The Chinese have two further responses to the war of values now raging – beyond the childish game of “sanctioning” annoying individuals. The first is to reiterate the approach that Xi Jinping set out at the beginning of his presidency: “First, China does not export revolution; second, it does not export famine and poverty; and third, it does not mess around with you. So what else is there to say?” The doctrines of “territorial integrity”, “sovereignty” and “non-interference” actually chime rather well with the themes of Brexit Britain. They certainly appeal to large numbers of governments in Africa, the Middle East and elsewhere who the Chinese can now mobilise in international fora.

The other approach, which is less defensive, is to challenge the west to practise what it preaches. Australia, which is already subject to rather painful Chinese economic sanctions, is being threatened with a UN human rights inquiry (probably orchestrated by the Friends of China) over the treatment of asylum seekers on remote islands (and may stray into “genocide” around the aboriginal population).  Britain is still enjoying the comforts of “having Chinese cake and eating it” but as a doughty champion of international law and a “rules-based international system” in the South China Sea and Hong Kong, we may find that our more flippant approach to international law in Europe gets more attention.

What do we do about all those friends and allies whose records on human rights, the “rule of law” and other building blocks of our values is every bit as bad as China’s? Saudi Arabia and the Gulf states, Egypt, Turkey, the Philippines and communist-ruled Vietnam?  

The fact that the west’s collective assertion of “liberal democracy” and human rights has put the Chinese on the back foot in recent weeks is almost entirely down to America’s new president. His attractive blend of political skill and principle has been remarkably effective at home and abroad and has clearly surprised the Chinese who believed that American democracy was in terminal decline. But amongst Joe Biden’s many tasks will be to get the United States to actually sign up to commitments like the Law of the sea and the International Criminal Court which China is accused of joining but ignoring.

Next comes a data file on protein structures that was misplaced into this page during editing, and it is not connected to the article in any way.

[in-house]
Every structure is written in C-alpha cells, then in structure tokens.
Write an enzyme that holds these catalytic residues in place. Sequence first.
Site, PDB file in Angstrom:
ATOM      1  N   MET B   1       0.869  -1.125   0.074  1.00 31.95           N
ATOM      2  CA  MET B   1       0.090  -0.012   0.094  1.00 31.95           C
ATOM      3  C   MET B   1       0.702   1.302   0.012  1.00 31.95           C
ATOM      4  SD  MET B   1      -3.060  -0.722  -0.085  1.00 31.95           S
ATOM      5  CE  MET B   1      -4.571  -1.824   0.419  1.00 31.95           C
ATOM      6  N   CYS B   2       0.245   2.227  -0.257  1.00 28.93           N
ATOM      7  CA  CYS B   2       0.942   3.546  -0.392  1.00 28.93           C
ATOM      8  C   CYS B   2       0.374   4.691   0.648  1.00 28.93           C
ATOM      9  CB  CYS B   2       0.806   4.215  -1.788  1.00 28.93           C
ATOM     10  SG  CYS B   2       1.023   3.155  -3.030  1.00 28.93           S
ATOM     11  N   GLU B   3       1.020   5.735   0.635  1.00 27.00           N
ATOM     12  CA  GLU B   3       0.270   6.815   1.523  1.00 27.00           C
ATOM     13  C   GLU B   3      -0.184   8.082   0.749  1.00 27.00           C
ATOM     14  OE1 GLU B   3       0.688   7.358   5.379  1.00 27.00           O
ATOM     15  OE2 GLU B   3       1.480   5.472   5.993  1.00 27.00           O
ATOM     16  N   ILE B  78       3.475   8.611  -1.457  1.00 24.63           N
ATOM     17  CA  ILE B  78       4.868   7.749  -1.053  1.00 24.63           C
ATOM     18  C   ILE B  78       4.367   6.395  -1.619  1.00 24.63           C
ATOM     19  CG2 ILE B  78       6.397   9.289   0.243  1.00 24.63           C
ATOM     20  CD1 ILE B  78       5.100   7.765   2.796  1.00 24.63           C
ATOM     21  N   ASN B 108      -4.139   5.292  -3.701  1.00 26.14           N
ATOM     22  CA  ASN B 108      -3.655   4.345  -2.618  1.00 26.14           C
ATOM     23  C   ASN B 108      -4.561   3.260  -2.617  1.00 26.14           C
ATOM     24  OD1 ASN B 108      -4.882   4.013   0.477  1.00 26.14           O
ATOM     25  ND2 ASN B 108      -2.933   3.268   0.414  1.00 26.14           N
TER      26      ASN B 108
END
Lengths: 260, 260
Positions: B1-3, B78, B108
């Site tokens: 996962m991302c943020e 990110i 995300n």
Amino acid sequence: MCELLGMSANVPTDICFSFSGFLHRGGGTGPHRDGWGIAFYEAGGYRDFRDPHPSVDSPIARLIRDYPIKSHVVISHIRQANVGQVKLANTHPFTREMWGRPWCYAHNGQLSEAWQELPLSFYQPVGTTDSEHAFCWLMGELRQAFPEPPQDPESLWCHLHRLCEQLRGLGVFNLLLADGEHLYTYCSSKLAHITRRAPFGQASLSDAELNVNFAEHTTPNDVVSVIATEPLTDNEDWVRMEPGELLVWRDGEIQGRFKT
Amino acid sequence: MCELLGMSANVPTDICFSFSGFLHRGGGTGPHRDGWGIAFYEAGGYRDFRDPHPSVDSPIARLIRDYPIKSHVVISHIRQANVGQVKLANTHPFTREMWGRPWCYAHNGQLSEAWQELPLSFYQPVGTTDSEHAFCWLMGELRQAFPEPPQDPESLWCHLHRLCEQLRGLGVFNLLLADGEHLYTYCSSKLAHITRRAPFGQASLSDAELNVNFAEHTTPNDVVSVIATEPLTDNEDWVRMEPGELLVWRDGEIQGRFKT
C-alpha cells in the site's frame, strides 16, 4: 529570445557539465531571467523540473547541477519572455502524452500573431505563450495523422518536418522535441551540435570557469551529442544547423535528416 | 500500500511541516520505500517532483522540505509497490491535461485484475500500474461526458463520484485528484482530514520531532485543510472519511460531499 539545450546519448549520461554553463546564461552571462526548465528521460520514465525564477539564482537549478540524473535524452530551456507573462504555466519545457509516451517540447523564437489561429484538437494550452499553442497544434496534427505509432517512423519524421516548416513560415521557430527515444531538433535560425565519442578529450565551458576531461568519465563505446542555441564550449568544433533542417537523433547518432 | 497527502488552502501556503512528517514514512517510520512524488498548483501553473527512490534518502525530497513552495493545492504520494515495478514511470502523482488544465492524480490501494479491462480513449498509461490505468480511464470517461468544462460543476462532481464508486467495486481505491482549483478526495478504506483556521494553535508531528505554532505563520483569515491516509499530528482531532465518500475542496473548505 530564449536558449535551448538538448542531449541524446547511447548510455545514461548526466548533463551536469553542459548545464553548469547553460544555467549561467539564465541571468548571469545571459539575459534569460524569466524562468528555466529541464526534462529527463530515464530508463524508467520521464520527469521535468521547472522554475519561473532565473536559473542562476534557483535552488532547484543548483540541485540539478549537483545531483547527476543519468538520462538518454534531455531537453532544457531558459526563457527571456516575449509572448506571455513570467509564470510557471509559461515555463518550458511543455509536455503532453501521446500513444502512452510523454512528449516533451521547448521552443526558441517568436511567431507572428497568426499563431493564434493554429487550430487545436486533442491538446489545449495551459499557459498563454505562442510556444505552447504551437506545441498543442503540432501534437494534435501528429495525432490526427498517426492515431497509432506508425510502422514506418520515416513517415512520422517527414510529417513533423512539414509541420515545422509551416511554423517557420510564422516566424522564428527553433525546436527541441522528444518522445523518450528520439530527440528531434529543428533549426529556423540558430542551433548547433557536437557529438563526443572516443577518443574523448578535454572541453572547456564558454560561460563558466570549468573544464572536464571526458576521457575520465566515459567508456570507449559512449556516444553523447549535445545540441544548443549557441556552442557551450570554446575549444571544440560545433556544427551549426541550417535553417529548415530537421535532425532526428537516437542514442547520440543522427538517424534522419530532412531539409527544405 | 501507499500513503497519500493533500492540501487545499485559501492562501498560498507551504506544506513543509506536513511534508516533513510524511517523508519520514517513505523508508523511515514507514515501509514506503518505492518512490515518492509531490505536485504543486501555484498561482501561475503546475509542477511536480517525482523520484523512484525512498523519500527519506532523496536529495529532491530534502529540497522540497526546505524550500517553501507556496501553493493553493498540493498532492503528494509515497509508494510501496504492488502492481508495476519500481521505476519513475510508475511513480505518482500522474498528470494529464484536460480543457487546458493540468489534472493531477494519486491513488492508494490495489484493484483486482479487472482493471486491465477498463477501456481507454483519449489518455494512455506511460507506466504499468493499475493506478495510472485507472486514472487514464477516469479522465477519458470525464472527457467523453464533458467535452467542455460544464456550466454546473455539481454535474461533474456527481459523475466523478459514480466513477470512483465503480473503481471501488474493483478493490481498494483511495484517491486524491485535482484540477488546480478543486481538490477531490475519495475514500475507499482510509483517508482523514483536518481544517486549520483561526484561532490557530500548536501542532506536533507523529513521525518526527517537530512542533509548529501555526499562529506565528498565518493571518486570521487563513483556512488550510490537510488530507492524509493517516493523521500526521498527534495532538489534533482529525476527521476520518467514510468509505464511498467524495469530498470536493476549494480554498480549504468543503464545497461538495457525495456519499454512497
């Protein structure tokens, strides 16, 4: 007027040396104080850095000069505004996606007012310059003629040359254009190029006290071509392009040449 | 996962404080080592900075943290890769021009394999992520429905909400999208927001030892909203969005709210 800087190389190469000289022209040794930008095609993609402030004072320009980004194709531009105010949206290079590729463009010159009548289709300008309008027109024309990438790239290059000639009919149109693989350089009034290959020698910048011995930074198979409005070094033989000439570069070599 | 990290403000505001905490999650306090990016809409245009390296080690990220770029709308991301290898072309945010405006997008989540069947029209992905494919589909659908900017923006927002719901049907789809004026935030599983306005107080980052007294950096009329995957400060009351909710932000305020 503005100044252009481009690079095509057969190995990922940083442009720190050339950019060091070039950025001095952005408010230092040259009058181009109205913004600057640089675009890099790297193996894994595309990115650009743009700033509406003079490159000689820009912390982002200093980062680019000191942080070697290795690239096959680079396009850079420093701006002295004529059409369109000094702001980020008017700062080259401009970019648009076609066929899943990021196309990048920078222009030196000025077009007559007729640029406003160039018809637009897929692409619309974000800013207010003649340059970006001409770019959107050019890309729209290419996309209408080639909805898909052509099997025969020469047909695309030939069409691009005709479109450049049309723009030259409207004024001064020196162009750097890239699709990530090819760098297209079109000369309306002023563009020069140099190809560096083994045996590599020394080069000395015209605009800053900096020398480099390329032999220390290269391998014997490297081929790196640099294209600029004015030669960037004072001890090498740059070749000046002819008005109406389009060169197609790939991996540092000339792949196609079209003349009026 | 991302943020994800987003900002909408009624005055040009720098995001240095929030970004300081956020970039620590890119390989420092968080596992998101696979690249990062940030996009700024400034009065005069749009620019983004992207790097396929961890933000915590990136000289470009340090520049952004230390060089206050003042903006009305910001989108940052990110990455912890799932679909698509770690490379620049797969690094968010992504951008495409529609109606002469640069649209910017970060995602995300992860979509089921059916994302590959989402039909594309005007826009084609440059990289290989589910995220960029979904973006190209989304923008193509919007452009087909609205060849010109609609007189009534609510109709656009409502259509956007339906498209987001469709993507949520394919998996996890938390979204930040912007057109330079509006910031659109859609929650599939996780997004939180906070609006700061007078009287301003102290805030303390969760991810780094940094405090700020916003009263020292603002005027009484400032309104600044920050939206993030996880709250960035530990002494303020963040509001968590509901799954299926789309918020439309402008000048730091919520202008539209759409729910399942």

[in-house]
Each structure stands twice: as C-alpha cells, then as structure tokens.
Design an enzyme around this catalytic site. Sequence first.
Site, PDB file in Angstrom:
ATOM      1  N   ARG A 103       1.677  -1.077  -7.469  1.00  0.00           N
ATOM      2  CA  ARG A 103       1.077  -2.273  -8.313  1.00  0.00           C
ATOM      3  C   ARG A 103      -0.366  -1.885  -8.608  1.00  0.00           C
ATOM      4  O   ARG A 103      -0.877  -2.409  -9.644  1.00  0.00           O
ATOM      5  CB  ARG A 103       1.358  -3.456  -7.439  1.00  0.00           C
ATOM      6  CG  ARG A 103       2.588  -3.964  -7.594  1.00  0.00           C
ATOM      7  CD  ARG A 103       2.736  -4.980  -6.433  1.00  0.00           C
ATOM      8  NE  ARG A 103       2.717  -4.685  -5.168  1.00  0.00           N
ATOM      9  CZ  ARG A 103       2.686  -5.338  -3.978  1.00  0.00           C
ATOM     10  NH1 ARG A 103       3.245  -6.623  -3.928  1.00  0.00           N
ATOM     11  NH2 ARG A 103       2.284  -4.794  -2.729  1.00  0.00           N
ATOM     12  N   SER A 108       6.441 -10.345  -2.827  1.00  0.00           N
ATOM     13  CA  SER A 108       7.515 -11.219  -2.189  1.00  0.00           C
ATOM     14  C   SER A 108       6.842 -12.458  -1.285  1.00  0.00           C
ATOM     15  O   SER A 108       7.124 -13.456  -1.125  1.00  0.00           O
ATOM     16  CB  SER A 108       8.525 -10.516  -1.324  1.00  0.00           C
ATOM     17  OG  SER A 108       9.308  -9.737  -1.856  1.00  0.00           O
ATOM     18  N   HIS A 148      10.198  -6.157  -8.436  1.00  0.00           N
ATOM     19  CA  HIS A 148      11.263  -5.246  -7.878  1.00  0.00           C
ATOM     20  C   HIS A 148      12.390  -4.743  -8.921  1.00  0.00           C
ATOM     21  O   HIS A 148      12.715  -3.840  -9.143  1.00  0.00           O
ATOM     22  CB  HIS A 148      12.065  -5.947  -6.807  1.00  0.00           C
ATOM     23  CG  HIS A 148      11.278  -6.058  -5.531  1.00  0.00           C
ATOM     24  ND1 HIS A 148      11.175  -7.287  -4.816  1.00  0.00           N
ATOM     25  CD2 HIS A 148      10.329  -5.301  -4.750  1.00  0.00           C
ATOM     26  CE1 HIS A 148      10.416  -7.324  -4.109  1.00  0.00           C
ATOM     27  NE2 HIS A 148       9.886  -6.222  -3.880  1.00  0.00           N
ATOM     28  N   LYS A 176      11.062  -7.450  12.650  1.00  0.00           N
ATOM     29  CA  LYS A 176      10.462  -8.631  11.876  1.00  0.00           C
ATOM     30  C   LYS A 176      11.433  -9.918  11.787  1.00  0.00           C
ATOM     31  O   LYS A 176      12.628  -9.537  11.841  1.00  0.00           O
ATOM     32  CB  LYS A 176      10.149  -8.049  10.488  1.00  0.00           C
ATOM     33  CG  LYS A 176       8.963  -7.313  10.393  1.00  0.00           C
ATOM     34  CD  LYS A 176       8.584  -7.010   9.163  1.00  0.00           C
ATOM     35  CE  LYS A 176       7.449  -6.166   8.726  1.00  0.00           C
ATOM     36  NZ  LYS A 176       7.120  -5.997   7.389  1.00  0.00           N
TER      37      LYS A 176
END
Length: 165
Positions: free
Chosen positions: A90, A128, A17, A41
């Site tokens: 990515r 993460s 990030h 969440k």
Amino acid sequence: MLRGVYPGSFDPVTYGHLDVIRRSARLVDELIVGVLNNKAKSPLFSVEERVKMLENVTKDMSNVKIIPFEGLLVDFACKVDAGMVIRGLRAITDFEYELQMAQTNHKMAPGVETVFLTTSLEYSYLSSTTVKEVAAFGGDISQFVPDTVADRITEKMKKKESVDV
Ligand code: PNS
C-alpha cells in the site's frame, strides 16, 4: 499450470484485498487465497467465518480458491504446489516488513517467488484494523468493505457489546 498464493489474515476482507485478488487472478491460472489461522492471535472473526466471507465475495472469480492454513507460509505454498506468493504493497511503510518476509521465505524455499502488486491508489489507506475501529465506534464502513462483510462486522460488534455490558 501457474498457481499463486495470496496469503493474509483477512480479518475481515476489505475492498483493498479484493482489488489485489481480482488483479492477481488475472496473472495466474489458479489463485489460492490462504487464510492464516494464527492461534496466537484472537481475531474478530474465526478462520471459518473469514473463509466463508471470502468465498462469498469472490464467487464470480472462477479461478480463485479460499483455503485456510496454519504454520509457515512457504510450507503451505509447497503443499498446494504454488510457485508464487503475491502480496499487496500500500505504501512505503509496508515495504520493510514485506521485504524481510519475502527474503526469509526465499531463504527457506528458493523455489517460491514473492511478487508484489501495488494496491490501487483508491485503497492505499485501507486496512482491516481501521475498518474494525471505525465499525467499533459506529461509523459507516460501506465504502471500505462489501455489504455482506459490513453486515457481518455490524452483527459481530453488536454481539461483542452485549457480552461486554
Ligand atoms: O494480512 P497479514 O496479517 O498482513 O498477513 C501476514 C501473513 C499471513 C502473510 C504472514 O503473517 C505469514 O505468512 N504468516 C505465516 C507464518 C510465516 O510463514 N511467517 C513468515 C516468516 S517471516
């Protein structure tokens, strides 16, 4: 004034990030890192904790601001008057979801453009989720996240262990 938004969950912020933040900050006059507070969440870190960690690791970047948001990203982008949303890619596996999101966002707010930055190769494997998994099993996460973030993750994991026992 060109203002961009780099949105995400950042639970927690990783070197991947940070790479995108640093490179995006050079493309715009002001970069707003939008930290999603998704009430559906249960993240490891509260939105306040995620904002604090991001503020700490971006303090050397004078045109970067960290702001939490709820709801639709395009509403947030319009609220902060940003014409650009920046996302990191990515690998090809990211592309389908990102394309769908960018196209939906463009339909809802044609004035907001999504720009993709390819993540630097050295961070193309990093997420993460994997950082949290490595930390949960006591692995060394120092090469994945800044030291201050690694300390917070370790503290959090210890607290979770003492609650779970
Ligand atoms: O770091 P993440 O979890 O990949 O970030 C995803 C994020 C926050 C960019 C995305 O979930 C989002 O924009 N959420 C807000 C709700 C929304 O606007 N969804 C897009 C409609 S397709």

I get a sense that President Biden, our own prime minister and, certainly, thoughtful western leaders like Angela Merkel are well aware that a new cold war with China, leading to a hot one, is not a great idea. There are many benefits from having a good working relationship and many costs from allowing righteous indignation warriors to wreck it.

One of the biggest costs will be to reinforce the prejudices of those in China who see its future as an inward-looking, angry, nation forever locked in a struggle with a hostile west seeking to suppress its economic rise. It is easy to forget that this authoritarian, supposedly communist, country has been proving rather better at capitalism than most capitalist countries. And 130 million people every year (before the pandemic) travelled abroad and freely returned. This is not the Soviet Union – let alone Nazi Germany - and it won’t collapse in a heap because we “call it out”.

Vince Cable is the former leader of the Liberal Democrats